Talk:Burning debris from satellites spotted over several US cities

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Review[edit]

Not Iridium[edit]

It is not representative of the facts as known to attribute the source of the debris over Texas to the Iridium 33 collision.

  • Although FAA spokesman Roland Herwig initially said the debris was likely from satellites, this was never confirmed. Indeed, he clarifies: "The notice to airmen says we suspect, we don't know, that this debris is from the two satellites that collided last week." Furthermore, the provenance of even this is suspect: 'He said he was not certain where the information that sparked the FAA notification came from, but it was "probably from NORAD," or the North American Aerospace Defense Command, which tracks man-made objects in space. Calls to NORAD headquarters in Colorado were not immediately returned.'
  • This article already cites Dr Marco Ciocca saying that this event is too soon to be from the Iridium collision. Paul Lewis of the University of Tennessee Space Outreach Center makes the same argument about a similar event over Tennessee on the 14th. So does Dr Phil Plait; while that link points to Dr Plait's blog (for Discover Magazine), he's also a PhD in astronomy who's written a book which in part deals with this. I agree with the reasoning as I understand it; consider in particular this description of the debris clouds: most of the material continues mostly along the orbits of the satellites.

So with the government report of satellite debris based on uncertain information and not pointing toward Iridium; and with scientific consensus agreeing that the debris is almost certainly not from Iridium; it is inaccurate to say that the facts point toward the Iridium collision being the source of the fireball. It could have been another satellite; in light of Dr Plait's argument regarding the relative velocities of orbiting matter, though, as well as the sightings of events in Texas, Tennessee, Kentucky, and now Massachusetts, I'm inclined to think that the overwhelming probability is that this was a particularly large chunk of space rock. --Killing Vector (talk) 02:52, 16 February 2009 (UTC)

It seems like other experts agree that this is likely not from the satelite. Should we correct/update the article? JoshuaZ (talk) 03:26, 16 February 2009 (UTC)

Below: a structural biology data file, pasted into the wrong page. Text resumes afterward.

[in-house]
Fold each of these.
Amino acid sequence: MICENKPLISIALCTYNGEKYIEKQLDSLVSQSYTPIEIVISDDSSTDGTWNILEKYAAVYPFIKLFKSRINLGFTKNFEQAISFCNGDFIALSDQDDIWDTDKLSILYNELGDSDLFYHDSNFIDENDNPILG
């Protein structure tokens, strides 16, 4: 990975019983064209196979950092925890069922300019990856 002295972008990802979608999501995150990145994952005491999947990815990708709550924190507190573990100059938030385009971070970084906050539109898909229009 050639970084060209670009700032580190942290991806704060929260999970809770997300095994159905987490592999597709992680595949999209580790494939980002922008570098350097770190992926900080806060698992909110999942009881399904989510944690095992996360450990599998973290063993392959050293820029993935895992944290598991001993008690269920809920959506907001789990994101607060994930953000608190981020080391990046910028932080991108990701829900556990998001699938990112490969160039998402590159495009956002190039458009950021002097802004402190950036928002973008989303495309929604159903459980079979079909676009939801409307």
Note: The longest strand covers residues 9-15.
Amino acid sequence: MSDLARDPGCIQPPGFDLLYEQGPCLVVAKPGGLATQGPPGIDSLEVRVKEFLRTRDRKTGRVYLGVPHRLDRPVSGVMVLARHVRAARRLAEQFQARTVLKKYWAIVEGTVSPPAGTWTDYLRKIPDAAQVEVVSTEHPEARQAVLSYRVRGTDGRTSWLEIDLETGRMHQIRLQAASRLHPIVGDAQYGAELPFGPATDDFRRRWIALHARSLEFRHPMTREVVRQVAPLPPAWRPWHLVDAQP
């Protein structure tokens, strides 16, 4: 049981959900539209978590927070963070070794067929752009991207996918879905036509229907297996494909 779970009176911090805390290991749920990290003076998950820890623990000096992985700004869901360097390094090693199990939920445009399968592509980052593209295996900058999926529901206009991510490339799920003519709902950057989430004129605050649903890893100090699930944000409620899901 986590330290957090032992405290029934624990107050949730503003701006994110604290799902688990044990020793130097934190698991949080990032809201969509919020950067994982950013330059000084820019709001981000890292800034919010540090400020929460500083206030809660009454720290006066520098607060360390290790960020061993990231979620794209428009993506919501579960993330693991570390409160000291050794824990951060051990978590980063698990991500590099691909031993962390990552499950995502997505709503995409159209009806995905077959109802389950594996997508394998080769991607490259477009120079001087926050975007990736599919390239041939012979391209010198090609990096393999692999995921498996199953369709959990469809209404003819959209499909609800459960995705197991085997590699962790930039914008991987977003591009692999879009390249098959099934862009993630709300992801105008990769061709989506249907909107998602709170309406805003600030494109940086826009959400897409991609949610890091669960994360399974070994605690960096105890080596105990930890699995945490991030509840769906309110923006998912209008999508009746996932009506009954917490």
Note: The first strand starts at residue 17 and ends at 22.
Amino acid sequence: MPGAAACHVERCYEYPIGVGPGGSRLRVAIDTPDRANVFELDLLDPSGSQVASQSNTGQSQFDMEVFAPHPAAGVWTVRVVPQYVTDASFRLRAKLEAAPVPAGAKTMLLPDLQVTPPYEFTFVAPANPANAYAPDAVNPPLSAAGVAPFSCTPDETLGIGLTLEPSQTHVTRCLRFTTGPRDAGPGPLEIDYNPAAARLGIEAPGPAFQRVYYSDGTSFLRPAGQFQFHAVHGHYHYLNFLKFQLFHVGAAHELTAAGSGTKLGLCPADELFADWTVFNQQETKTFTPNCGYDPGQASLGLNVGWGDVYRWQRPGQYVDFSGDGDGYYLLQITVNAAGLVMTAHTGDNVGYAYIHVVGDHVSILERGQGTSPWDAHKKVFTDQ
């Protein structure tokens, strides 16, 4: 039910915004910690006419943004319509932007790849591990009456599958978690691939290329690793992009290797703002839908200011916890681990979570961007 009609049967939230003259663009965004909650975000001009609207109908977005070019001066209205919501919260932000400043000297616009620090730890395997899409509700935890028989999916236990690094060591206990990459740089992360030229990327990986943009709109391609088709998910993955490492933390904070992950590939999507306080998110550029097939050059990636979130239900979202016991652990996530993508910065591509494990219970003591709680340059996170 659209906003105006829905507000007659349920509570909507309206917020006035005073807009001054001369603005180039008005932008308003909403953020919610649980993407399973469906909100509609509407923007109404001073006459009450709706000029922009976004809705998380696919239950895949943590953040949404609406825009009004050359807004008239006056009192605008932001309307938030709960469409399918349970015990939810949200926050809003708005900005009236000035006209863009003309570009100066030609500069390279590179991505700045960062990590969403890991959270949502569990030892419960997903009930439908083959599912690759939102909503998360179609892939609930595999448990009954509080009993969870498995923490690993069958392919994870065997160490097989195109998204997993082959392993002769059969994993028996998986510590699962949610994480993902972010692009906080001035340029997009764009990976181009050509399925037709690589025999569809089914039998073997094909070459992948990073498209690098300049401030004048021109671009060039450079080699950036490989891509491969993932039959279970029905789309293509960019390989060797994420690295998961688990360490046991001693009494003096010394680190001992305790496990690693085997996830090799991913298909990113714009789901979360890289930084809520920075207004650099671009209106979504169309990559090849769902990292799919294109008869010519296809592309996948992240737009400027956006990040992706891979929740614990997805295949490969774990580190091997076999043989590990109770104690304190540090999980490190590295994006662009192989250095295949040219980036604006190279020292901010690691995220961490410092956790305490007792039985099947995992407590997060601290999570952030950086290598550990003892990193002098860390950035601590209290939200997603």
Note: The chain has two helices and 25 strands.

There are warnings, alerts that say there is debris. Since Feb. 13. I don't know how much clearer that can be honestly. There is also a good report from the Union of Concerned Scientists; Citizens and Scientists for Environmental Solutions - The debris cloud created by this week’s collision, which took place at an altitude of 500 miles (800 kilometers), is akin to a shotgun blast that threatens other satellites in the region.
The two satellites were both orbiting Earth at a speed of nearly 17,000 miles per hour (7.5 km/s), and they collided at a speed of more than 22,000 mph (10 km/s). If the two satellites hit head-on, rather than a glancing blow, the energy of the collision would completely disintegrate both satellites into clouds of debris. Within 24 hours of the collision, the U.S. space tracking system had identified 600 pieces of debris. This large number suggests that the collision must have been relatively head-on. More debris is expected to be identified in the coming days and weeks. DragonFire1024 (Talk to the Dragon) 03:36, 16 February 2009 (UTC)
They have some nice charts and such to go along with their report, including diagrams of the debris could. DragonFire1024 (Talk to the Dragon) 03:37, 16 February 2009 (UTC)
You're conflating two different things. The collision produced debris; nobody disagrees with that. But, whatever burned up over Texas, whether satellite debris or space rock, wasn't the same debris as the collision debris. --Killing Vector (talk) 12:52, 16 February 2009 (UTC)

dead links?[edit]

yields no page and google does not find it. Could this NOAA report be intended? 84user (talk) 03:56, 16 February 2009 (UTC)

Yes. Though the 'dead link' link works for some people, and not for others. Will change it though. DragonFire1024 (Talk to the Dragon) 12:54, 16 February 2009 (UTC)